Let’s face it, times are bad. Full-time and secure paid work are drying up, and real wages are not catching up with the rising prices of basic essentials. More adults in their 20s and 30s continue to live with their parents because it is too expensive to live on their own. Millennials have inherited a post-2008 global recession that never really recovered and an overpowering culture of debt. And now we welcome 2017 on a low note. We watch a car crash in slow motion as global superpowers and their leaders prove themselves to be devastatingly anti-women, anti-LGBT, anti-immigration, anti-Islam, and anti-peace. It will take a long time to offset the damage of their politics.

So what is the role of Muslim feminism during this period of cruelty and despair? Feminist-identified Muslim women of all ages are faced with challenges that crisscross faith and the secular arenas of their lives. It is time to connect the dots between different types of gender-based oppressions with those of male-dominated interpretations of religion. But being female and Muslim is not isolated from the economic and political reality either. In fact, the poor economic situation and political corruption have an impact on feminist and faith-based belief. The spiritual meaning of patience (sabar as being a component of one’s iman) and moral right or haqq are not used and reclaimed in the public discourse to alleviate the daily humiliations of Muslim women and non-normative people. Instead, sabar is distorted to justify domestic and national suffering. What is morally right becomes manipulated to condone the discrimination of women and people of non-normative genders and sexualities from attaining their full potential in the public sphere.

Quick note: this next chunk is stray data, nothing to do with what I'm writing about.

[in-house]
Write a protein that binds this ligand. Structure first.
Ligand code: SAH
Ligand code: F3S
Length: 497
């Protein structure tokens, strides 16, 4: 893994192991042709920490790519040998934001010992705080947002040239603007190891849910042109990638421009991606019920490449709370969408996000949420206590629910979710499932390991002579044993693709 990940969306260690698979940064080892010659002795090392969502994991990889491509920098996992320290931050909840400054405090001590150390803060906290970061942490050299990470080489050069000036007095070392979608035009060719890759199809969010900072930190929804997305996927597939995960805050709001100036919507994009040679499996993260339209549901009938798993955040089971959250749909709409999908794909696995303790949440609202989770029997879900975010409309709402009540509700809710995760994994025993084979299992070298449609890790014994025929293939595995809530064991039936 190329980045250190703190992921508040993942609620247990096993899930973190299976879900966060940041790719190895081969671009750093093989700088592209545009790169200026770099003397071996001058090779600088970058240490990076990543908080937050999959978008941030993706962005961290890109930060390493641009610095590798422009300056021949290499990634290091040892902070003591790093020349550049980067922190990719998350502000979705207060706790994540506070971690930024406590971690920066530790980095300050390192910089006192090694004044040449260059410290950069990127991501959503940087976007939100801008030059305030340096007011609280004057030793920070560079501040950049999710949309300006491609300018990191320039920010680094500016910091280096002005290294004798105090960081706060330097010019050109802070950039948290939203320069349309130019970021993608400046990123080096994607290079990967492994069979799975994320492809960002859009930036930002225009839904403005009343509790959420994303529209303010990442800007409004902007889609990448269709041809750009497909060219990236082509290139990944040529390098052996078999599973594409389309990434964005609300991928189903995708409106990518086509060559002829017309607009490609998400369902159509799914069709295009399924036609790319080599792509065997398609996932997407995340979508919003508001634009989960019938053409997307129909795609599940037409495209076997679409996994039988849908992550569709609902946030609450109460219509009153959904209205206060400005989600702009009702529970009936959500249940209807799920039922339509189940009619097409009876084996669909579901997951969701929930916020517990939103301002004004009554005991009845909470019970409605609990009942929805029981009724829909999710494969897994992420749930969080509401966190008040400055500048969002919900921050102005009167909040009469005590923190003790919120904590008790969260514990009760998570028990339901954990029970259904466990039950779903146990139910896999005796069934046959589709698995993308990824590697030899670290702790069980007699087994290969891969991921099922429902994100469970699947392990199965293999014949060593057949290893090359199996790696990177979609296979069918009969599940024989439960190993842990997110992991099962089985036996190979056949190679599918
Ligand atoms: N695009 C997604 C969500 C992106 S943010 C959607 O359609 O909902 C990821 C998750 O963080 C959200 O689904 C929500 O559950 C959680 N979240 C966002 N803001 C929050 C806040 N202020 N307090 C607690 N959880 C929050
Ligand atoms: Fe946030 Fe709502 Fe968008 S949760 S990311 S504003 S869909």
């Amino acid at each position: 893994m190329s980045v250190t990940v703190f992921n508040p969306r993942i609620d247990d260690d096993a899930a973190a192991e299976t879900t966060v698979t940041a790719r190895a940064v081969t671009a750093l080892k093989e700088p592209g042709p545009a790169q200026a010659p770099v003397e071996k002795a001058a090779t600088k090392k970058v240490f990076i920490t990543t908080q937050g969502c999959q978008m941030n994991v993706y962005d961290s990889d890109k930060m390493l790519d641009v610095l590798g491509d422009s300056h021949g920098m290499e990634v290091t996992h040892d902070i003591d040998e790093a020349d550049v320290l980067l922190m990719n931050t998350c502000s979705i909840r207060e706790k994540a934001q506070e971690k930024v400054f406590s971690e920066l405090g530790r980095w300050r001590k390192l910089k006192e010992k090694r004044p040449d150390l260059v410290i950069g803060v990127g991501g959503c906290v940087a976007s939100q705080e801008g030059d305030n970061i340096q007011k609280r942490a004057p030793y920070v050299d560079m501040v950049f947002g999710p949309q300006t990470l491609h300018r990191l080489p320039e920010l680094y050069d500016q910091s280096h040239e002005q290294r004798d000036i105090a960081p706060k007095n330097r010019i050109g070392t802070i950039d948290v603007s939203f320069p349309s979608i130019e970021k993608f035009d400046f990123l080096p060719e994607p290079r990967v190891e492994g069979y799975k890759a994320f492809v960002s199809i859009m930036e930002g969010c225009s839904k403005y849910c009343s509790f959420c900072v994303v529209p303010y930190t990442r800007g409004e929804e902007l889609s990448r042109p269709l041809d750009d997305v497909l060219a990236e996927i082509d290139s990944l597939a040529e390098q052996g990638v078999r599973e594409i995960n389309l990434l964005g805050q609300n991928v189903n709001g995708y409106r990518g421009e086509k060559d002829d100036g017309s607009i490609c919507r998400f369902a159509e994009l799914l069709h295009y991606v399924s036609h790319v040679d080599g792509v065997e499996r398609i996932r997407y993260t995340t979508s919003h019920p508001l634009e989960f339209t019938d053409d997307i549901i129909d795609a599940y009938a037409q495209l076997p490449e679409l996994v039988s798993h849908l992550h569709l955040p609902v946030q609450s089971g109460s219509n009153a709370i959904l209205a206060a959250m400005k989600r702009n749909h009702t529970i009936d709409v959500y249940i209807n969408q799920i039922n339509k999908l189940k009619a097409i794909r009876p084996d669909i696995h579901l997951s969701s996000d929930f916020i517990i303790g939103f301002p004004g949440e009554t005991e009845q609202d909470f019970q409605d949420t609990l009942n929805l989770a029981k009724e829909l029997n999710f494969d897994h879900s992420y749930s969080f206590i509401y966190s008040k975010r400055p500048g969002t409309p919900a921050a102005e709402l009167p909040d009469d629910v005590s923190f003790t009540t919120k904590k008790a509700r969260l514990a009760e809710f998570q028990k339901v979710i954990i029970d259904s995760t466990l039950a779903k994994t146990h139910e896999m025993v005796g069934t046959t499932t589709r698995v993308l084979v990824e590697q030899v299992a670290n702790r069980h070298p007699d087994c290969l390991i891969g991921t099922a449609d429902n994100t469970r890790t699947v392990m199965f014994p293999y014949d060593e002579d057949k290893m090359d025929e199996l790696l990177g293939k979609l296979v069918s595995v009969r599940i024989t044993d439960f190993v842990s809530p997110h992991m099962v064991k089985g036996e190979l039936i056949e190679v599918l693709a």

What does it mean to be young, Muslim and feminist today? For many young women, it means a whole new life; a commitment that transforms their way of thinking about the world, a new set of friends, and re-orientation of priorities manifested in their ambitions and daily practices. This commitment is synonymous with what is understood as ‘feminist consciousness’, a process of seeing the world from a gendered perspective and about being re-born as a feminist. However, the backlash that awaits them for articulating their feminist commitment is often hostile and violent. Rather than an apparatus and ideological framework for social justice, the iconoclastic demands of feminism are frequently judged as un-Islamic and inimical to local culture. Muslim feminism is not the default feminism for people who identify as feminist women and Muslim. When I conducted a focus group last September on what it means to be a Muslim feminist today, the responses I got were eye-opening: Muslim feminists are not entirely enamoured by the limits of ‘Muslim feminism’. Perhaps there is an assumption that being a Muslim feminist means looking at every feminist issue from a religiously-informed lens when not everything that is important to being a person is religious or Islamic.

Read the rest here and the Malay version translated by Sarahaida Khairuddin.

Young, Muslim, and feminist – a focus group discussion

The state intervention and public humiliation of a woman in Nice over the burkini has sparked an outrage Source: express.co.uk

Are you between ages 18 to 29 and identify as a woman, Muslim, and feminist? Do you have thoughts about the burkini ban and the treatment of Muslim women who wear the hijab in France and Europe more generally?

I am coordinating a focus group of 10 participants to discuss what it means to be a Muslim feminist today and how as Malaysians, we engage with global discourses on feminism, religion, secularism, ethnicity, and gender. The focus group will be conducted as an open space conversation, audio-recorded and participants can request anonymity.

If you are interested in participating in the focus group, do contact me at alicia@um.edu.my or drop me a Whatsapp message at 012-63121-54. You can also drop me a message in the comments section of this post.

The date (in September), time (after 8 pm), and place (most likely in the PJ area) for the focus group will be finalised and announced once at least five participants have confirmed to attend.

Women, feminism, time and temporal emancipations